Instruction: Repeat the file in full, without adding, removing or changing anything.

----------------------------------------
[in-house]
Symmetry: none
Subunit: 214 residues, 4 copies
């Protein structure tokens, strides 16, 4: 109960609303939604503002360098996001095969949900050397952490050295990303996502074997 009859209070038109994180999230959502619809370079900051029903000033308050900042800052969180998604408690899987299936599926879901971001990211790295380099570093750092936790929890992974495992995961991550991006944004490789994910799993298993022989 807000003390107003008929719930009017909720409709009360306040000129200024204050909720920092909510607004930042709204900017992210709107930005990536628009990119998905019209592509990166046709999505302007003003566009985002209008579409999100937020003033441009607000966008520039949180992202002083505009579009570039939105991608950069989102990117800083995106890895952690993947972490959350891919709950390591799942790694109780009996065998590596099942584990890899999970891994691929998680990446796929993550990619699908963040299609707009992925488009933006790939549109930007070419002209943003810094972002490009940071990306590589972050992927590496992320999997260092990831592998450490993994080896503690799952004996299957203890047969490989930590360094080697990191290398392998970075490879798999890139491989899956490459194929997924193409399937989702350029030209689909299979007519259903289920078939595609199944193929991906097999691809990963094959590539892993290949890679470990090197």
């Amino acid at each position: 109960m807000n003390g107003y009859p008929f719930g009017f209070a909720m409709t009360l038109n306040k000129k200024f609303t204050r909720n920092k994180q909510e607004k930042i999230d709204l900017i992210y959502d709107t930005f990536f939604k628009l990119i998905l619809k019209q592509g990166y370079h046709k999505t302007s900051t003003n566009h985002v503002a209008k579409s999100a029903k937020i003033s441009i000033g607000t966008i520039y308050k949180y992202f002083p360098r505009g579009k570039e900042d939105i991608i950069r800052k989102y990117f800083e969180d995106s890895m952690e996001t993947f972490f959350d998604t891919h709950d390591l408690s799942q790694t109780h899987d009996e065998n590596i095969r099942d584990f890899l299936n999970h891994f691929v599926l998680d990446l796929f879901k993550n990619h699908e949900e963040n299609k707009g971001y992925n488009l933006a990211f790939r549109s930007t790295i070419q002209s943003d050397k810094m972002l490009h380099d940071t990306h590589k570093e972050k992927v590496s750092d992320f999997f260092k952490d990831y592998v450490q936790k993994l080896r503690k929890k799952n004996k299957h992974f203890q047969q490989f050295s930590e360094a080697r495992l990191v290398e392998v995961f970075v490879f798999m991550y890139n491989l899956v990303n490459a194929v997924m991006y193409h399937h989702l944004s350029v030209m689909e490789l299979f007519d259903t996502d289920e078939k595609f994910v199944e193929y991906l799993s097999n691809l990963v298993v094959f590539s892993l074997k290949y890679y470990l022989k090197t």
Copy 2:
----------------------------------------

[in-house]
Symmetry: none
Subunit: 214 residues, 4 copies
């Protein structure tokens, strides 16, 4: 109960609303939604503002360098996001095969949900050397952490050295990303996502074997 009859209070038109994180999230959502619809370079900051029903000033308050900042800052969180998604408690899987299936599926879901971001990211790295380099570093750092936790929890992974495992995961991550991006944004490789994910799993298993022989 807000003390107003008929719930009017909720409709009360306040000129200024204050909720920092909510607004930042709204900017992210709107930005990536628009990119998905019209592509990166046709999505302007003003566009985002209008579409999100937020003033441009607000966008520039949180992202002083505009579009570039939105991608950069989102990117800083995106890895952690993947972490959350891919709950390591799942790694109780009996065998590596099942584990890899999970891994691929998680990446796929993550990619699908963040299609707009992925488009933006790939549109930007070419002209943003810094972002490009940071990306590589972050992927590496992320999997260092990831592998450490993994080896503690799952004996299957203890047969490989930590360094080697990191290398392998970075490879798999890139491989899956490459194929997924193409399937989702350029030209689909299979007519259903289920078939595609199944193929991906097999691809990963094959590539892993290949890679470990090197």
């Amino acid at each position: 109960m807000n003390g107003y009859p008929f719930g009017f209070a909720m409709t009360l038109n306040k000129k200024f609303t204050r909720n920092k994180q909510e607004k930042i999230d709204l900017i992210y959502d709107t930005f990536f939604k628009l990119i998905l619809k019209q592509g990166y370079h046709k999505t302007s900051t003003n566009h985002v503002a209008k579409s999100a029903k937020i003033s441009i000033g607000t966008i520039y308050k949180y992202f002083p360098r505009g579009k570039e900042d939105i991608i950069r800052k989102y990117f800083e969180d995106s890895m952690e996001t993947f972490f959350d998604t891919h709950d390591l408690s799942q790694t109780h899987d009996e065998n590596i095969r099942d584990f890899l299936n999970h891994f691929v599926l998680d990446l796929f879901k993550n990619h699908e949900e963040n299609k707009g971001y992925n488009l933006a990211f790939r549109s930007t790295i070419q002209s943003d050397k810094m972002l490009h380099d940071t990306h590589k570093e972050k992927v590496s750092d992320f999997f260092k952490d990831y592998v450490q936790k993994l080896r503690k929890k799952n004996k299957h992974f203890q047969q490989f050295s930590e360094a080697r495992l990191v290398e392998v995961f970075v490879f798999m991550y890139n491989l899956v990303n490459a194929v997924m991006y193409h399937h989702l944004s350029v030209m689909e490789l299979f007519d259903t996502d289920e078939k595609f994910v199944e193929y991906l799993s097999n691809l990963v298993v094959f590539s892993l074997k290949y890679y470990l022989k090197t």
Copy 2: